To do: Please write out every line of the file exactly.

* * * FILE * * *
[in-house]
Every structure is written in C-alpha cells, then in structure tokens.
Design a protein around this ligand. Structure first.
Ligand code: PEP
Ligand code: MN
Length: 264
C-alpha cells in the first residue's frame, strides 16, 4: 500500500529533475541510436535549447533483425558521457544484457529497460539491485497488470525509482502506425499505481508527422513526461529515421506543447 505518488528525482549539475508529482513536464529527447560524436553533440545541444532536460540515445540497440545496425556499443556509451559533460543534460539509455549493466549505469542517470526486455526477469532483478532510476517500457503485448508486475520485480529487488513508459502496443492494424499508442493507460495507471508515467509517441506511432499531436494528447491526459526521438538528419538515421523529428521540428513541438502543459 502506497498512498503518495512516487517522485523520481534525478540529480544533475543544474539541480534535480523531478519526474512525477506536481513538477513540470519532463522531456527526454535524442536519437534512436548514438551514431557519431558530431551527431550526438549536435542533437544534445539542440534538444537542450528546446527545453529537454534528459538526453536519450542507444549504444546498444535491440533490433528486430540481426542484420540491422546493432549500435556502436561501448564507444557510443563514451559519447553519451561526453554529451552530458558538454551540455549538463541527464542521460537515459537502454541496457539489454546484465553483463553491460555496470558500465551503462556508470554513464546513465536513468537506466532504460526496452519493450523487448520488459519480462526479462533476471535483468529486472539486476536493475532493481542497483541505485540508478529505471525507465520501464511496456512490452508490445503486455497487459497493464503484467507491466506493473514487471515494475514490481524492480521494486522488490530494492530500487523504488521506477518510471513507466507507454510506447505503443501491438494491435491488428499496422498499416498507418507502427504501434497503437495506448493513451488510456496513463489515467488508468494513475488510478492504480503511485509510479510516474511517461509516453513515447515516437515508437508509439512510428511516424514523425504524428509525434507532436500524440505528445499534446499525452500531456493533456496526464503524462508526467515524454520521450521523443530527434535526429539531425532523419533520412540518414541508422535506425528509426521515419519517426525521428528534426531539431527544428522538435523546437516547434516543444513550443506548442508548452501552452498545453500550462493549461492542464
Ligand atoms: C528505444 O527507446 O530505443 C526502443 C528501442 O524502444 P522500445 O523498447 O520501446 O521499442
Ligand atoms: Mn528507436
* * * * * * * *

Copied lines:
[in-house]
Every structure is written in C-alpha cells, then in structure tokens.
Design a protein around this ligand. Structure first.
Ligand code: PEP
Ligand code: MN
Length: 264
C-alpha cells in the first residue's frame, strides 16, 4: 500500500529533475541510436535549447533483425558521457544484457529497460539491485497488470525509482502506425499505481508527422513526461529515421506543447 505518488528525482549539475508529482513536464529527447560524436553533440545541444532536460540515445540497440545496425556499443556509451559533460543534460539509455549493466549505469542517470526486455526477469532483478532510476517500457503485448508486475520485480529487488513508459502496443492494424499508442493507460495507471508515467509517441506511432499531436494528447491526459526521438538528419538515421523529428521540428513541438502543459 502506497498512498503518495512516487517522485523520481534525478540529480544533475543544474539541480534535480523531478519526474512525477506536481513538477513540470519532463522531456527526454535524442536519437534512436548514438551514431557519431558530431551527431550526438549536435542533437544534445539542440534538444537542450528546446527545453529537454534528459538526453536519450542507444549504444546498444535491440533490433528486430540481426542484420540491422546493432549500435556502436561501448564507444557510443563514451559519447553519451561526453554529451552530458558538454551540455549538463541527464542521460537515459537502454541496457539489454546484465553483463553491460555496470558500465551503462556508470554513464546513465536513468537506466532504460526496452519493450523487448520488459519480462526479462533476471535483468529486472539486476536493475532493481542497483541505485540508478529505471525507465520501464511496456512490452508490445503486455497487459497493464503484467507491466506493473514487471515494475514490481524492480521494486522488490530494492530500487523504488521506477518510471513507466507507454510506447505503443501491438494491435491488428499496422498499416498507418507502427504501434497503437495506448493513451488510456496513463489515467488508468494513475488510478492504480503511485509510479510516474511517461509516453513515447515516437515508437508509439512510428511516424514523425504524428509525434507532436500524440505528445499534446499525452500531456493533456496526464503524462508526467515524454520521450521523443530527434535526429539531425532523419533520412540518414541508422535506425528509426521515419519517426525521428528534426531539431527544428522538435523546437516547434516543444513550443506548442508548452501552452498545453500550462493549461492542464
Ligand atoms: C528505444 O527507446 O530505443 C526502443 C528501442 O524502444 P522500445 O523498447 O520501446 O521499442
Ligand atoms: Mn528507436